Immediately after the big earthquake, some children were picked up from school by their parents or grandparents. But the tsunami hit a few dozen minutes later, and some of the children who had been picked up from school by their parents were swallowed by entire cars on their way home. The children evacuated to the second floor of the school and spent the night eating “a sip of water and a piece of candy.
Gonoi’s mother was working in the neighboring city of Ishinomaki and could not come to pick her up that day. She was stopped by local firefighters who told her not to come because of the tsunami.
“Meanwhile, a neighbor came to the school and said, ‘We tried to save your dog, but we couldn’t open the front door.’ We had two dogs. When the earthquake hit a few days ago, my family and I talked about moving the dogs’ cages upstairs. … … The next day, after the water receded, I went back to my house, which was about a two-minute walk from the school, by myself. Both dogs had died in their cages on the flooded first floor. I couldn’t help but wish I had brought the cages upstairs. I remember going back to school again, crying.”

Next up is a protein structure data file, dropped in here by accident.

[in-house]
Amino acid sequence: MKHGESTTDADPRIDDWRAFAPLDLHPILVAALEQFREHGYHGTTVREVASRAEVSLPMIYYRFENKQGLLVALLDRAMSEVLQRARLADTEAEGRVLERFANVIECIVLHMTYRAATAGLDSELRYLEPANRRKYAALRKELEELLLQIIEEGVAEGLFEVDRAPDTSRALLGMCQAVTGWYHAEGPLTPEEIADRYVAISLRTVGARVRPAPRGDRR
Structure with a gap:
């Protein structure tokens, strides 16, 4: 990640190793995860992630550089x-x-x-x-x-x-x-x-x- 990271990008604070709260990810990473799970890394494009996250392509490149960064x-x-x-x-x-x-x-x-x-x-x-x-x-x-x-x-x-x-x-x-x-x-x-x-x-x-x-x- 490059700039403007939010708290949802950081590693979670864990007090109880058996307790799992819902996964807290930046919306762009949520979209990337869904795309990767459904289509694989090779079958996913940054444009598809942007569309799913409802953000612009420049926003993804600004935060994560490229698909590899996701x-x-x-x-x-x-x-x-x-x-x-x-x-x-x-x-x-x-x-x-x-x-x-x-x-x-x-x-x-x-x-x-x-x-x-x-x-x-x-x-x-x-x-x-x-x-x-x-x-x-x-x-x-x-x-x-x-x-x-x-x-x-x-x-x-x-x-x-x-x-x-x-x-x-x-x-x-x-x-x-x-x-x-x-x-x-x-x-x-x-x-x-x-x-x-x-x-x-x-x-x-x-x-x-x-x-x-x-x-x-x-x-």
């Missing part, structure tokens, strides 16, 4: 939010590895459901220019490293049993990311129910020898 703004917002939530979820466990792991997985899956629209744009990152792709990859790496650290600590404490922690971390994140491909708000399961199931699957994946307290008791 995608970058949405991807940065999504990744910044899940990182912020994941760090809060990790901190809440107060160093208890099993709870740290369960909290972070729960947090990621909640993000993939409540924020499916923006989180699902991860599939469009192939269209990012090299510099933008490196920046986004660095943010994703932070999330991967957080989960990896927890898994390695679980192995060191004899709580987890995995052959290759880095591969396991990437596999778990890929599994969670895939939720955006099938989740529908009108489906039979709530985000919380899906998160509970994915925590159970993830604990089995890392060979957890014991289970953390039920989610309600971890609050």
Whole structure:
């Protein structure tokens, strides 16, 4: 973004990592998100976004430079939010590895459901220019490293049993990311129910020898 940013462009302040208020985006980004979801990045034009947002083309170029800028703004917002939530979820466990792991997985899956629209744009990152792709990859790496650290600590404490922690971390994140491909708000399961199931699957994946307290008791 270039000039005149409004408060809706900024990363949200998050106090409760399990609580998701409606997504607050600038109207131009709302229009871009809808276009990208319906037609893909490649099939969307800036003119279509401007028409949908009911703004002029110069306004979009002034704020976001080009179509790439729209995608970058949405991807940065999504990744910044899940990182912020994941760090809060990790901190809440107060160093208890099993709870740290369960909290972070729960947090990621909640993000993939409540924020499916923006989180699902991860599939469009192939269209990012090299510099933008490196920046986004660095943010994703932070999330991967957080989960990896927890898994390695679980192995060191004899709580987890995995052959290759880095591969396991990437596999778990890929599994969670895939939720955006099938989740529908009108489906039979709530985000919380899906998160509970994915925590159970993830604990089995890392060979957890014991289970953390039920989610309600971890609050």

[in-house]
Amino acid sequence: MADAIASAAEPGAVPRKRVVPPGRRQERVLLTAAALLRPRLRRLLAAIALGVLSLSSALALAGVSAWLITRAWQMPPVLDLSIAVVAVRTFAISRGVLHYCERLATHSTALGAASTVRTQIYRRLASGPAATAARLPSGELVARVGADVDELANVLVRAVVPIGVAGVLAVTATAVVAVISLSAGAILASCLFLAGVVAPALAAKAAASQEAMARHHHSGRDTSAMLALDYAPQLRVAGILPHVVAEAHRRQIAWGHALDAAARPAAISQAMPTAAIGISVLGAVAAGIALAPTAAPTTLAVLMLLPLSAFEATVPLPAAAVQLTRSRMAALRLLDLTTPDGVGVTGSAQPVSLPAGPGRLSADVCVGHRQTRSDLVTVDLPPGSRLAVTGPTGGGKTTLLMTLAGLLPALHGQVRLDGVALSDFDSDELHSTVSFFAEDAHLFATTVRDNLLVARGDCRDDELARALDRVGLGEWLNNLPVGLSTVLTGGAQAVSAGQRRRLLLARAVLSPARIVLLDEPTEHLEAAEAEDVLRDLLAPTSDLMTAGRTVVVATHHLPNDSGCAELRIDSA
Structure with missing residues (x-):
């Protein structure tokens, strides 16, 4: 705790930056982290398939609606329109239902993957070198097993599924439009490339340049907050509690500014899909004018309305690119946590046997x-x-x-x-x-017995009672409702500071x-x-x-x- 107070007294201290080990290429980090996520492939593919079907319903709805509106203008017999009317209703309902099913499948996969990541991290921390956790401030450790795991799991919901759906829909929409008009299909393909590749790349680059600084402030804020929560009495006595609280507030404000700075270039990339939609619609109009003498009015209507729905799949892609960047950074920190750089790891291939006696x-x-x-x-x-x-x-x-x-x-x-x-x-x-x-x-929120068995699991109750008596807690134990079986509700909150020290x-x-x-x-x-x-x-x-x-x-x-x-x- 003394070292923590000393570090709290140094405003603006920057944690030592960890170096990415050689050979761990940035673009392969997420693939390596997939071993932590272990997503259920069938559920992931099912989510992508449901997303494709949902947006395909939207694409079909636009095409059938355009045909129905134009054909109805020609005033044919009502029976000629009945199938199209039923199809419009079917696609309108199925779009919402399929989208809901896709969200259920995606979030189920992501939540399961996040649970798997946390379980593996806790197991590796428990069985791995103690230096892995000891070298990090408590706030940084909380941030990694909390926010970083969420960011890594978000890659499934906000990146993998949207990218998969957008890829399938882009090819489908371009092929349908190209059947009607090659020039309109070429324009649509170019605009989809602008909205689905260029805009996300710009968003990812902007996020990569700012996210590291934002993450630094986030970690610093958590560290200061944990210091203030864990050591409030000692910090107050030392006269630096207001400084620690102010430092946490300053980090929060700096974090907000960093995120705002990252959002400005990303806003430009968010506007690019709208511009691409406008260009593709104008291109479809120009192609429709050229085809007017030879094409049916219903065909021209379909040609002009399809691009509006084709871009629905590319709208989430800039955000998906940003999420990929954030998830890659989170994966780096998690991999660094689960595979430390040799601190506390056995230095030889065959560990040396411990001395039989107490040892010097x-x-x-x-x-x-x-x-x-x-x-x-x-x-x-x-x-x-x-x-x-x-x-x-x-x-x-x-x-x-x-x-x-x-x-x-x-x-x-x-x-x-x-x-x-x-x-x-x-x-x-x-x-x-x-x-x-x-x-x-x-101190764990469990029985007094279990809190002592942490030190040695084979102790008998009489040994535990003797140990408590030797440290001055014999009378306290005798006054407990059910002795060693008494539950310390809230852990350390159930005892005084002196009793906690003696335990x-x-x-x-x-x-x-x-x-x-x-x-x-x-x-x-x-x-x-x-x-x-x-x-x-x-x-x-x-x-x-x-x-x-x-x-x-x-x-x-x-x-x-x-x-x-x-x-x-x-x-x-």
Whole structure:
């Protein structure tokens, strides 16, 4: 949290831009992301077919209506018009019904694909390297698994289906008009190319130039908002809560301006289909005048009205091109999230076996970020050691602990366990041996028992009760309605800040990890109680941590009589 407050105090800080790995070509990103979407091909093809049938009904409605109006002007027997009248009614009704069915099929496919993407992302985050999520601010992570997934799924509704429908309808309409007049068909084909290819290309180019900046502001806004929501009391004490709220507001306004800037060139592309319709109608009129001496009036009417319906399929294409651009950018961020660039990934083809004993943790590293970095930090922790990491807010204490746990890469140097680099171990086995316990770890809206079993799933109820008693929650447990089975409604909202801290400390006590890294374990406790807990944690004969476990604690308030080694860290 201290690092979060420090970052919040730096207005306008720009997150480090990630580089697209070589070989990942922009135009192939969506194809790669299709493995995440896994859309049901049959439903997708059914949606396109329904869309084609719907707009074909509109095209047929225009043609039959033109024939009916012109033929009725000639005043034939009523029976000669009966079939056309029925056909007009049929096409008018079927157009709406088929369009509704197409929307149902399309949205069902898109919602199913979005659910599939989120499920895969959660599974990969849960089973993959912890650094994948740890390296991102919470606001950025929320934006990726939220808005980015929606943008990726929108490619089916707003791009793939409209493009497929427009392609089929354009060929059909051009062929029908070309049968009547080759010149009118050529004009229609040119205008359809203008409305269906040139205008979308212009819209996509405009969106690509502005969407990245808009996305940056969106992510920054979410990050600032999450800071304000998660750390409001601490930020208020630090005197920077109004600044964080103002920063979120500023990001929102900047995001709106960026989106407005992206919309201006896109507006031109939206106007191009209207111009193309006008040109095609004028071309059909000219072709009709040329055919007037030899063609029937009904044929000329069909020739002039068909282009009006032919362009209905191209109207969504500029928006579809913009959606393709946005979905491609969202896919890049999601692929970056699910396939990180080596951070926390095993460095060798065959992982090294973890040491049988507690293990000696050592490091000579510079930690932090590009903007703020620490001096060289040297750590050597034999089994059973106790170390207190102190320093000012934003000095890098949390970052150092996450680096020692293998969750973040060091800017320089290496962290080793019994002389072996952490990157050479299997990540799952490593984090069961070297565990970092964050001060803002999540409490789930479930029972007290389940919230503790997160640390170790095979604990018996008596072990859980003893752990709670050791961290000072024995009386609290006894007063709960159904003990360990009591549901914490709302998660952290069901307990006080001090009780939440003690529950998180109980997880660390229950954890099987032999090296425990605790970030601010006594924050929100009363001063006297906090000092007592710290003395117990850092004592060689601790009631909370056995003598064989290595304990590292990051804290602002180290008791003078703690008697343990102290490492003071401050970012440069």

Mr. Gonoi quietly lowered his eyes.
She had to endure the smell of gasoline, the black tsunami, and the stench of overflowing toilets. It is beyond imagination how deeply traumatic the disaster must have been for a young girl of no more than a year old.
Meeting a Self-Defense Official at an Evacuation Center
It was about a week later that I finally met my mother. My mother came to pick me up and we went to her workplace, which had been turned into a temporary shelter. The family joined her there and spent a few days, after which they lived at a local community center for three months.